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Paramount opened its vault for a high-energy celebration of movie music on Sunday night at the Hollywood Bowl in conjunction with the studio’s 100th anniversary.
From Wings to Mission: Impossible — Ghost Protocol, the program leaned heavily on action sequences, with the Hollywood Bowl Orchestra and conductor David Newman playing selections of notable scores against clips from hit Paramount movies projected on the Bowl’s giant screens.
A 10-minute selection from J.S. Zamecnik‘s score from Wings, the 1927 film that won the first best picture Oscar, focused on a high-flying aerial attack sequence. A Fred Astaire dance number showcased Irving Berlin‘s up-tempo music for 1942’s Holiday Inn. Organizers chose John Williams‘ jaunty score of a motorcycle chase in 1989’s Indiana Jones and the Last Crusade and Steve Jablonsky‘s intense music from a freeway battle in 2011’s Transformers: Dark of the Moon. Skipping Titanic‘s well-known love theme, Newman and the orchestra instead played a pulse-pounding selection from the 1997 epic in which the massive ship strikes an iceberg.
Other scores featured included Nino Rota‘s celebrated music for The Godfather (1972) and The Godfather: Part II (1974); Henry Mancini‘s love theme from Breakfast at Tiffany’s (1961); and Bernard Herrmann‘s score from Alfred Hitchcock‘s Vertigo (1958). The event was planned in conjunction with Paramount’s 100th anniversary, which the studio has been celebrating in various ways throughout 2012.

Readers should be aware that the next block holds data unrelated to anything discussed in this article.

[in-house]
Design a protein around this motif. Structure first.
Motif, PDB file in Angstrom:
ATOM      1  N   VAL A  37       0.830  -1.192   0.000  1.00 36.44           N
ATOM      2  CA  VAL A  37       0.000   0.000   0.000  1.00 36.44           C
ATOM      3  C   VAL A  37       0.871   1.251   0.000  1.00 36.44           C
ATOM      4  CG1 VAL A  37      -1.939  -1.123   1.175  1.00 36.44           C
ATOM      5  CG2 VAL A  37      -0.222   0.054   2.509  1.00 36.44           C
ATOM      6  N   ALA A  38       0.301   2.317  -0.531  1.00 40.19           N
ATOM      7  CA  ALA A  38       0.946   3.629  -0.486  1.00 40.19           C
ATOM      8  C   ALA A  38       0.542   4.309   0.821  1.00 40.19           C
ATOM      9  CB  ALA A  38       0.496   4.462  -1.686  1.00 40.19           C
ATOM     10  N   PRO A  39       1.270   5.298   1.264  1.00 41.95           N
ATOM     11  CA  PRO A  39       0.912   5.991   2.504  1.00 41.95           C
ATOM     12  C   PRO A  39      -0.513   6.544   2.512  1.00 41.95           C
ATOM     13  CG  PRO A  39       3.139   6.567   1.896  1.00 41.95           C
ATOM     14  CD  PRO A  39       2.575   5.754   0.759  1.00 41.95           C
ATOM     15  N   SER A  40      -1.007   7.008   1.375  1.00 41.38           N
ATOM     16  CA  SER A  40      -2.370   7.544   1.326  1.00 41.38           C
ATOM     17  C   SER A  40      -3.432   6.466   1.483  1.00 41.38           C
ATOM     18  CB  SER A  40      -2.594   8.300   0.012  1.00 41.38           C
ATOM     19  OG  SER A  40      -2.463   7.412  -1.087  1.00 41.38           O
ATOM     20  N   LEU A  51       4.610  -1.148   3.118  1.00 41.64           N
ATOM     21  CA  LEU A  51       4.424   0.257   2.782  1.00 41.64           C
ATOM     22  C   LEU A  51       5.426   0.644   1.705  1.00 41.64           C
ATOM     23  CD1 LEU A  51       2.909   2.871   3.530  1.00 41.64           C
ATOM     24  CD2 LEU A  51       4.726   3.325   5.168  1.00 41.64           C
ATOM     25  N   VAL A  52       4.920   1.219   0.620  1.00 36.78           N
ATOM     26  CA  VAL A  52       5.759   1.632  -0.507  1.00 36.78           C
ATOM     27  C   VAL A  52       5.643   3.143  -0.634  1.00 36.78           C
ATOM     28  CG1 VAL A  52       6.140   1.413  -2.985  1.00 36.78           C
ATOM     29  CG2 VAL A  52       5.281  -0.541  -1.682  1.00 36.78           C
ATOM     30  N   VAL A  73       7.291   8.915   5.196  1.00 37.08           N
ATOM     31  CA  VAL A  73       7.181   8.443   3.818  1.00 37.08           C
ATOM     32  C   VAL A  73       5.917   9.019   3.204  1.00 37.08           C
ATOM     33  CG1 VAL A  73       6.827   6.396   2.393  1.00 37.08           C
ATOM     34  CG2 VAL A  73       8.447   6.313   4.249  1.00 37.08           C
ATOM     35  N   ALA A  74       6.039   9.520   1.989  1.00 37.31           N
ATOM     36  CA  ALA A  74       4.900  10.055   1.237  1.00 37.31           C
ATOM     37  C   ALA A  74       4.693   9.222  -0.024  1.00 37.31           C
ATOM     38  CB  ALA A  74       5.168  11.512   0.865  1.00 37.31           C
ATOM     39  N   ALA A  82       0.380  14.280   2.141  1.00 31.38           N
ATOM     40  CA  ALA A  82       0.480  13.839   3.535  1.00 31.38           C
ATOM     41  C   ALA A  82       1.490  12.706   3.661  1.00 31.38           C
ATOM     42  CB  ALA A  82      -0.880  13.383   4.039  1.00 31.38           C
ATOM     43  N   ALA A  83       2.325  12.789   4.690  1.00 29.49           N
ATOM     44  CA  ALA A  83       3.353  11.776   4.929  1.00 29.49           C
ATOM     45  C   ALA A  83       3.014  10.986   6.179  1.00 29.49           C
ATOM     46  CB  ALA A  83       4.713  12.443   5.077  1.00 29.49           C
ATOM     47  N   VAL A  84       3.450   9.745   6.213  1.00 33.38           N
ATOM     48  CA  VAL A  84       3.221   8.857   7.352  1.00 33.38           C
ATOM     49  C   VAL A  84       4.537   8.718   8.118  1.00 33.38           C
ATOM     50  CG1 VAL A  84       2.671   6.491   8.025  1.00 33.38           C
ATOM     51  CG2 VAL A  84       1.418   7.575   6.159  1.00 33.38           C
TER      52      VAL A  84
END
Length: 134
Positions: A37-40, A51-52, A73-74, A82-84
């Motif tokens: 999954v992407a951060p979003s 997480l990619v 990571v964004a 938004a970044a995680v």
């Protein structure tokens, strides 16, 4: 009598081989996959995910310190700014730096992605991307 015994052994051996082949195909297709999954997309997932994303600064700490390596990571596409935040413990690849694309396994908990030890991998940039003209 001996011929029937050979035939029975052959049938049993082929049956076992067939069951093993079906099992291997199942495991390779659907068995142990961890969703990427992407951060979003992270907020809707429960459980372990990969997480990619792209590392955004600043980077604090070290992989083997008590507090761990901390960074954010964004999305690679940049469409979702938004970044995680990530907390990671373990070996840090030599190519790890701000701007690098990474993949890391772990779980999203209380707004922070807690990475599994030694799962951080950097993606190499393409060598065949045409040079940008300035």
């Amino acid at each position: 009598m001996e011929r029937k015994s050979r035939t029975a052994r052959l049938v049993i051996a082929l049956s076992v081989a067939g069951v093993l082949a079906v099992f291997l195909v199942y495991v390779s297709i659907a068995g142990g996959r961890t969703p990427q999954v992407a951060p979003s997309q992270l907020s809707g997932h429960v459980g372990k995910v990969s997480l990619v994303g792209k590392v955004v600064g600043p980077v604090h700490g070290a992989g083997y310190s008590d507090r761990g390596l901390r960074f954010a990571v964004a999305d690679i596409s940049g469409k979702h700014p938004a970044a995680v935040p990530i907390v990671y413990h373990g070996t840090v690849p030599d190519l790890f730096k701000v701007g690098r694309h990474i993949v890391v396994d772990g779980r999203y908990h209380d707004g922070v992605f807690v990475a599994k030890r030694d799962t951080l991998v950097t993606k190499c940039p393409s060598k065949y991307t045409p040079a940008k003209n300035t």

Hosted by Jason Alexander, who generated some laughs by noting he’d appeared in only one Paramount film (Coneheads), the program also featured some notable Hollywood maestros introducing their own work.
Forrest Gump composer Alan Silvestri appeared on stage to explain how director Robert Zemeckis initially rejected several themes he wrote for the 1994 best picture Oscar winner before settling on the music that was used. “Forrest seemed to have a mind of his own, musically and otherwise,” Silvestri joked.
At the end of the program, Mission: Impossible — Ghost Protocol composer Michael Giacchino appeared with Lalo Schifrin, who composed the original Mission: Impossible opening theme. Giacchino, who won an Oscar for 2009’s Up and scored 2009’s Star Trek, which also was featured in the program, said that when he was initially hired to score Mission: Impossible 3, he called up Schifrin and asked if there was anything specific he should do. “Just have fun,” Schifrin said.
In introducing the selections, Alexander noted that Paramount is the only Hollywood studio still located in Hollywood.”They’d love to get out,” he joked. “They’re looking for a deal.”
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